âUnder-represented people want you to trust their experience, knowledge, and understanding of a topic,â Epler told me. âPeople with under-represented identities are often questioned. Women, for example, are asked much more often about their expertise than men.
To become an ally, she added, leaders must cultivate their understanding of people with under-represented identities. âYou have to learn, but also unlearn and relearn. There are gaps in our knowledge and understanding of history. One of the reasons is that our educators are not as diverse as they should be. They do not reflect the population.
Leaders also need to know themselves and their own biases. âWe learn about prejudice through the media, family, friends and educators over time and often we don’t realize that it is causing harm,â Epler explained. She called her own struggles with non-binary gender pronouns. I understand. When you grow up in a Dick-and-Jane world, it’s not easy to change pronouns and learn new ones that conflict with the grammatical rules that have become ingrained in your DNA after decades of writing. .
If you are not aware of your prejudices, they are likely to manifest themselves in microaggressions, or even something worse. âMicro-attacks are everyday slights, slurs and negative verbal and non-verbal communications that, whether intentional or not, can make someone feel demeaned, disrespectful, ignored, dangerous, other, symbolic, gas-lit, shackled and / or as if it doesn’t belong, âEpler writes in his book.
When leaders witness microaggressions, they must stand up for those subjected to them. âIt can be as simple as having someone constantly interrupting someone else in the room and saying, ‘Hey, I noticed Sarah didn’t have a chance to intervene. Let’s take a moment to see what she has to say, ‘”Epler told me.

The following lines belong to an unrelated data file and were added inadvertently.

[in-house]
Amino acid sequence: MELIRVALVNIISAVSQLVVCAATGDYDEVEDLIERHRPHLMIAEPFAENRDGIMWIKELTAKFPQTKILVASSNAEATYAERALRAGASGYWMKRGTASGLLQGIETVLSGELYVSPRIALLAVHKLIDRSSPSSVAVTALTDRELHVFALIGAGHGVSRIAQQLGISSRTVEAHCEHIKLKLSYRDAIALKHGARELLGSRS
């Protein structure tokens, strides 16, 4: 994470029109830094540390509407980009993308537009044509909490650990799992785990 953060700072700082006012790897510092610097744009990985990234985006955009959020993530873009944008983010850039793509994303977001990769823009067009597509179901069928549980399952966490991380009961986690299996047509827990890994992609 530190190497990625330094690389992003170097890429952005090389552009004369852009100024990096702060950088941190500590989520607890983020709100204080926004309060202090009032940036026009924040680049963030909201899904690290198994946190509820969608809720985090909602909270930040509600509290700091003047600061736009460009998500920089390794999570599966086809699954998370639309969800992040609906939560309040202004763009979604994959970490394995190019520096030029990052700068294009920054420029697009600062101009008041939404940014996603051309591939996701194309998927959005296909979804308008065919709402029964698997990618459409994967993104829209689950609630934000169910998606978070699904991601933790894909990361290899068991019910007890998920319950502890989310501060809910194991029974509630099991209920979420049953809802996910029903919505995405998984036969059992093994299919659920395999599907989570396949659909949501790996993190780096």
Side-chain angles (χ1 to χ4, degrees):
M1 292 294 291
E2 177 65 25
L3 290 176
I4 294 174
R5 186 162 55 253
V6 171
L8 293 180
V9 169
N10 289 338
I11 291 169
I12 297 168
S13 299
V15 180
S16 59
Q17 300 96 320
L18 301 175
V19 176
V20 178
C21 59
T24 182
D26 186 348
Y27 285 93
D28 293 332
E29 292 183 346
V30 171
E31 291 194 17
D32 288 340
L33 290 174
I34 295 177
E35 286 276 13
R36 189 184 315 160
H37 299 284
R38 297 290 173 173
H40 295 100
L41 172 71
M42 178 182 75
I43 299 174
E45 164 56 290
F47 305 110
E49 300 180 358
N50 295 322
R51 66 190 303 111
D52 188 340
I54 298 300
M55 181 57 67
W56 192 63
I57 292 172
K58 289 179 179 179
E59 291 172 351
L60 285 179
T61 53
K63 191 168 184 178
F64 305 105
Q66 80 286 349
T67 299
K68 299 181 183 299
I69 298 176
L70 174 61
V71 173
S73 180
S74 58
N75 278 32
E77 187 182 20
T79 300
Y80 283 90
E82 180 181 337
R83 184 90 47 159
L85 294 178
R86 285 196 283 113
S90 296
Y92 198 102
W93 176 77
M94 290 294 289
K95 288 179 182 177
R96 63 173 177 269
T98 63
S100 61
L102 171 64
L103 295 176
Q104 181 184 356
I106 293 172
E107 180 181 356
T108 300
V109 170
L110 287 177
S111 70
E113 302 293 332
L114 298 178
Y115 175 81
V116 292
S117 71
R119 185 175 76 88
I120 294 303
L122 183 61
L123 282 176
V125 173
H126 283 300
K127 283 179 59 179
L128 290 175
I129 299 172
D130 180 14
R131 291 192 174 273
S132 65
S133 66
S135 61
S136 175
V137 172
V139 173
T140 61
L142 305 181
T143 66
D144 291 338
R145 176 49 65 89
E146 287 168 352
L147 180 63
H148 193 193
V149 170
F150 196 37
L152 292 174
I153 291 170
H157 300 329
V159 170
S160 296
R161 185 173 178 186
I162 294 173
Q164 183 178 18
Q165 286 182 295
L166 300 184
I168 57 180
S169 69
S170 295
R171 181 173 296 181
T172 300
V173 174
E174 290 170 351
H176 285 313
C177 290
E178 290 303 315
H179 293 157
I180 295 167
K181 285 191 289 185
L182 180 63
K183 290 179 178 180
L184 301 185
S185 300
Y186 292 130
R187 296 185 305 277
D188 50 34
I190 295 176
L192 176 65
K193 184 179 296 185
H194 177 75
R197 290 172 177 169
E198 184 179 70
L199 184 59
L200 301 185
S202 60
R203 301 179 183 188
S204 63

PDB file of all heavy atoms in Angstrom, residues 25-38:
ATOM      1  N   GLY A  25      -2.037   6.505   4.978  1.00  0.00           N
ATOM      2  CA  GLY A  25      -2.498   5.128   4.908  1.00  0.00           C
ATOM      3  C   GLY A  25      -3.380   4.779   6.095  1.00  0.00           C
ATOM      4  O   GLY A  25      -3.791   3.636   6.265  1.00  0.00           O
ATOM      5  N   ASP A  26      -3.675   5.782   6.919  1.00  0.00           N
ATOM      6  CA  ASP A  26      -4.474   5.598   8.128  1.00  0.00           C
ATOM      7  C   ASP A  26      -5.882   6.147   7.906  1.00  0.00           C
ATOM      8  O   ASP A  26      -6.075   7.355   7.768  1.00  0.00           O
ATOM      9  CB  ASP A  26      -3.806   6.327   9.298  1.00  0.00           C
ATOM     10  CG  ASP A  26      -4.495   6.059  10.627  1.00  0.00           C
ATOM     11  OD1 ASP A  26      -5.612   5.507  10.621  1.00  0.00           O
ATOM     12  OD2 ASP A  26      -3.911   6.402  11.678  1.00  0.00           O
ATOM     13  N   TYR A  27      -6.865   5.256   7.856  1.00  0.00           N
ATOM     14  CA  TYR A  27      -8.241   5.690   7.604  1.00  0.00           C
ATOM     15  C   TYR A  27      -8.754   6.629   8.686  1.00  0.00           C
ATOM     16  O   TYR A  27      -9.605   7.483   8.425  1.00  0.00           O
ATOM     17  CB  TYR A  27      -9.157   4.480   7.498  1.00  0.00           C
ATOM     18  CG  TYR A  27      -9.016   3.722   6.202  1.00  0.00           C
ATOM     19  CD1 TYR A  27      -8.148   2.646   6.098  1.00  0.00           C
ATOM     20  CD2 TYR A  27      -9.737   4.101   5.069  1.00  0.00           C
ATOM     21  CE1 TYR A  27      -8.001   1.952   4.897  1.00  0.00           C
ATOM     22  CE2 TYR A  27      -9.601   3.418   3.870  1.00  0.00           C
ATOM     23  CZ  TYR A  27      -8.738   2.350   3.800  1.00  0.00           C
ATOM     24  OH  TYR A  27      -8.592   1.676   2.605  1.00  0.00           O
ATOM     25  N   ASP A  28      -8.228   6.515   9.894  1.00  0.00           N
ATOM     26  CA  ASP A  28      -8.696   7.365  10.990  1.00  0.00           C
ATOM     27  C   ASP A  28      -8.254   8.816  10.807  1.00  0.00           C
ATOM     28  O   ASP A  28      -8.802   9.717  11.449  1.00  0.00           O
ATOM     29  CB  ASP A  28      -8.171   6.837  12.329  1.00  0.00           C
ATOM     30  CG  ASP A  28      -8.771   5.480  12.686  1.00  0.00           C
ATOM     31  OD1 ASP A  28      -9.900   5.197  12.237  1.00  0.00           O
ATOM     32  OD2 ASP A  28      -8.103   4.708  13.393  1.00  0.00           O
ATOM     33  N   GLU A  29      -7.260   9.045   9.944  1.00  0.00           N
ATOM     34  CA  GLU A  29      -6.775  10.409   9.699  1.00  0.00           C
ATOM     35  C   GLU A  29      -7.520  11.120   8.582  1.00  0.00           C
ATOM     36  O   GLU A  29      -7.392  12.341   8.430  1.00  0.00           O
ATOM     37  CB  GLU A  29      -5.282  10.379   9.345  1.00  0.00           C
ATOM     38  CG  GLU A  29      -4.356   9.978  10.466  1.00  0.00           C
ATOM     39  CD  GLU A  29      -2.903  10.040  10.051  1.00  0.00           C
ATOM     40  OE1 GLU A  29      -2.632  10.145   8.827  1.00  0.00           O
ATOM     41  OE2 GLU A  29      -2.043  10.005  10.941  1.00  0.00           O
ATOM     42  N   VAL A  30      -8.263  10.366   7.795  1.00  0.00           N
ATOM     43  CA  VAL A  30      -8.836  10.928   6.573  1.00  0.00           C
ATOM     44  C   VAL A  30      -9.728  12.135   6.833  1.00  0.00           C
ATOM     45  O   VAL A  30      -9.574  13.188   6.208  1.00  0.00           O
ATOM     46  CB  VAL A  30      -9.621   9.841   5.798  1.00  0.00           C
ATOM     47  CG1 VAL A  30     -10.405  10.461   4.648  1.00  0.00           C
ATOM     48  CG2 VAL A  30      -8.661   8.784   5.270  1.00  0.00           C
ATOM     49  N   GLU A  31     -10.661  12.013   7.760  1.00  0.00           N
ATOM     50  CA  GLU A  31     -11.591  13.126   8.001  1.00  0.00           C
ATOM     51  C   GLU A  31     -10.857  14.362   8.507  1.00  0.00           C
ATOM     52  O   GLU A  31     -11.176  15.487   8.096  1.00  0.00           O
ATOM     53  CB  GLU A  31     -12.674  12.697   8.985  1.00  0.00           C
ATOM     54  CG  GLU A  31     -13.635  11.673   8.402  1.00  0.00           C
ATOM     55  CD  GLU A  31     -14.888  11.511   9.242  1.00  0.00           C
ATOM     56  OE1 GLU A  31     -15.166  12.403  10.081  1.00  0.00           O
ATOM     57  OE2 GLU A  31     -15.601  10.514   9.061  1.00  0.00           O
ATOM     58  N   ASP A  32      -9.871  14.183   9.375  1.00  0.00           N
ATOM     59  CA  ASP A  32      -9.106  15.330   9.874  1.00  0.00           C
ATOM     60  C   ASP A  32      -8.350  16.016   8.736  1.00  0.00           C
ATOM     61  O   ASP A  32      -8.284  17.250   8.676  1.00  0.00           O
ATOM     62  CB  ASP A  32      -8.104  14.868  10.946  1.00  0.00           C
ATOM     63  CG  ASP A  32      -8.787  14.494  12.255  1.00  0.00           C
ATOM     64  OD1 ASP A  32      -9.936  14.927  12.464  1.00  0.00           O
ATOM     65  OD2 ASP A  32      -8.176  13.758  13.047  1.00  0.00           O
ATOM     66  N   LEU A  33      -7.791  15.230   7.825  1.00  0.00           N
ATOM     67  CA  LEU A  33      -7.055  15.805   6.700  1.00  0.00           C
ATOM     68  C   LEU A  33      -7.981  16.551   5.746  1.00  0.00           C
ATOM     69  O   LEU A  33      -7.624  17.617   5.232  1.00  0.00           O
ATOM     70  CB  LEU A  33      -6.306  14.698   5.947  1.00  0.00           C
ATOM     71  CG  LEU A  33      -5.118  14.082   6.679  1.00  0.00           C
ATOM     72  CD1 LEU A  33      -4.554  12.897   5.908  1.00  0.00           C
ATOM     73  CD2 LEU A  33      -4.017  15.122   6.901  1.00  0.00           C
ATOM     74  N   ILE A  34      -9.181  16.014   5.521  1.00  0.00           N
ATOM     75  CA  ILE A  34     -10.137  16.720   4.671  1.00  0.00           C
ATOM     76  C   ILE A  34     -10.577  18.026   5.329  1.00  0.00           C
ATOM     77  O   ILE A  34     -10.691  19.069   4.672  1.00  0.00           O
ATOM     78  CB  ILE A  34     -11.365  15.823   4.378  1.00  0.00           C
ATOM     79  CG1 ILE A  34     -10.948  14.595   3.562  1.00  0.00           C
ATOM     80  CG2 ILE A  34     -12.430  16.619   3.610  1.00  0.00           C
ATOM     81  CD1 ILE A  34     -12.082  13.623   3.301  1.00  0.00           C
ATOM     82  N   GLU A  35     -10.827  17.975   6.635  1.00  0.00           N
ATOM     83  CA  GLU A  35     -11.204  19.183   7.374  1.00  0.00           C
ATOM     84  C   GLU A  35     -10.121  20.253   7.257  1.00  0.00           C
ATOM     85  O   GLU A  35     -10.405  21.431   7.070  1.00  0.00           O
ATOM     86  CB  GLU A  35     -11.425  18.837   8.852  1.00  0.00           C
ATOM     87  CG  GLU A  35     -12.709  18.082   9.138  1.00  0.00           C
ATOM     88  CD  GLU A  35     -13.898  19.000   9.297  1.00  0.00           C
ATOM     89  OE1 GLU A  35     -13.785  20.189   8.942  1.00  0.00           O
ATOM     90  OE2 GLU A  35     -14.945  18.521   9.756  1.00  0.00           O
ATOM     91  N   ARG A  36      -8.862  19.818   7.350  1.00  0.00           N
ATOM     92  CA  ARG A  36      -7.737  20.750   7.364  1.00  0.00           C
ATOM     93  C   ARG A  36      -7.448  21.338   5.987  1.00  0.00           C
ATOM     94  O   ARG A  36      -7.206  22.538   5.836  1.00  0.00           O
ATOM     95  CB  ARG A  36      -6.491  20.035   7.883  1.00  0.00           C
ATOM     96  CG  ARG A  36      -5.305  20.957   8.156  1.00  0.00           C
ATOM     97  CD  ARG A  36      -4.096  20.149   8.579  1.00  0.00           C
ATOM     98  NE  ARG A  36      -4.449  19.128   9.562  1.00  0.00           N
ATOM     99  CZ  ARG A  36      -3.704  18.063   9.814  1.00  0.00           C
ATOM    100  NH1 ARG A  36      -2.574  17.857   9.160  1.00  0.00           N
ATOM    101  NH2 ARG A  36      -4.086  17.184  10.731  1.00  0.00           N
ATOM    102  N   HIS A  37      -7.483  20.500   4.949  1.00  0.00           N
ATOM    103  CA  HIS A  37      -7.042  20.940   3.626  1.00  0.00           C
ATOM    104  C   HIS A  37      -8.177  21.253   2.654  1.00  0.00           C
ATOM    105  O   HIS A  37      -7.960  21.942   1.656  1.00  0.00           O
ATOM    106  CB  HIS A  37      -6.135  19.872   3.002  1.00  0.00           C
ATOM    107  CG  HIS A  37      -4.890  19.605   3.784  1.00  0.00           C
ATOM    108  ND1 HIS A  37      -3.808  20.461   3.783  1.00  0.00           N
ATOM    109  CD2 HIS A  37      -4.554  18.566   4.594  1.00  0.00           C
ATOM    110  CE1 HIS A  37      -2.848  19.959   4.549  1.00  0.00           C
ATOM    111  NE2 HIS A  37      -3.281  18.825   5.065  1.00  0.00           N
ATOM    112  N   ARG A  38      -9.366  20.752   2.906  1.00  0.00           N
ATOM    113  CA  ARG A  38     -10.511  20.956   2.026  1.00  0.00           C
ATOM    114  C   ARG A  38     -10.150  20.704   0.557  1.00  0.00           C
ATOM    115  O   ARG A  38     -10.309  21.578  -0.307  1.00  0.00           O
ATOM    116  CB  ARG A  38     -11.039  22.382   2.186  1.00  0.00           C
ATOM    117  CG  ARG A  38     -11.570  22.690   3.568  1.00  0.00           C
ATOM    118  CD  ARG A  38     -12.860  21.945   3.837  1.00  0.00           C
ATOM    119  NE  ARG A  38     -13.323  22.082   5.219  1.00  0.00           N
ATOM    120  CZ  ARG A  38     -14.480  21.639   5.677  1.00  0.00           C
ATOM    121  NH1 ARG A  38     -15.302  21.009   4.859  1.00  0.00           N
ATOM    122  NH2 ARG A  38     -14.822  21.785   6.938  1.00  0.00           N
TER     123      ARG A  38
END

When leaders witness microaggressions, they must stand up for those subjected to them.
Blatant and repeated micro-attacks are likely to require more complex responses, such as educating offenders or the workforce in general, and contacting victims of micro-attacks after the fact. âLeaders need to recognize that the impact of microaggressions can be traumatic,â Epler said. And the physical consequences can arise from emotions. Researchers have shown that microaggressions can cause a multitude of ailments, such as stress, depression, eating disorders and insomnia.
Defensive measures are only one side of the transformational coin. Leaders can be more proactive in standing up for underrepresented employees. âAlong with the leaders, I would encourage sponsorship,â Epler said. âAs a leader you have the ability to say, ‘Raphael has this amazing idea that I want to tell you all about’, or ‘Why shouldn’t we ask Raphael to talk to you about his idea which could be really impactful for you. we ? Â»Â» Sponsors amplify people’s voices and ideas, open doors to networks, provide recommendations and make presentations to an influential person.
The bottom line for leaders: If you want a diverse, fair and inclusive business, personal change is as important as structural change. The success of DCI initiatives depends on both.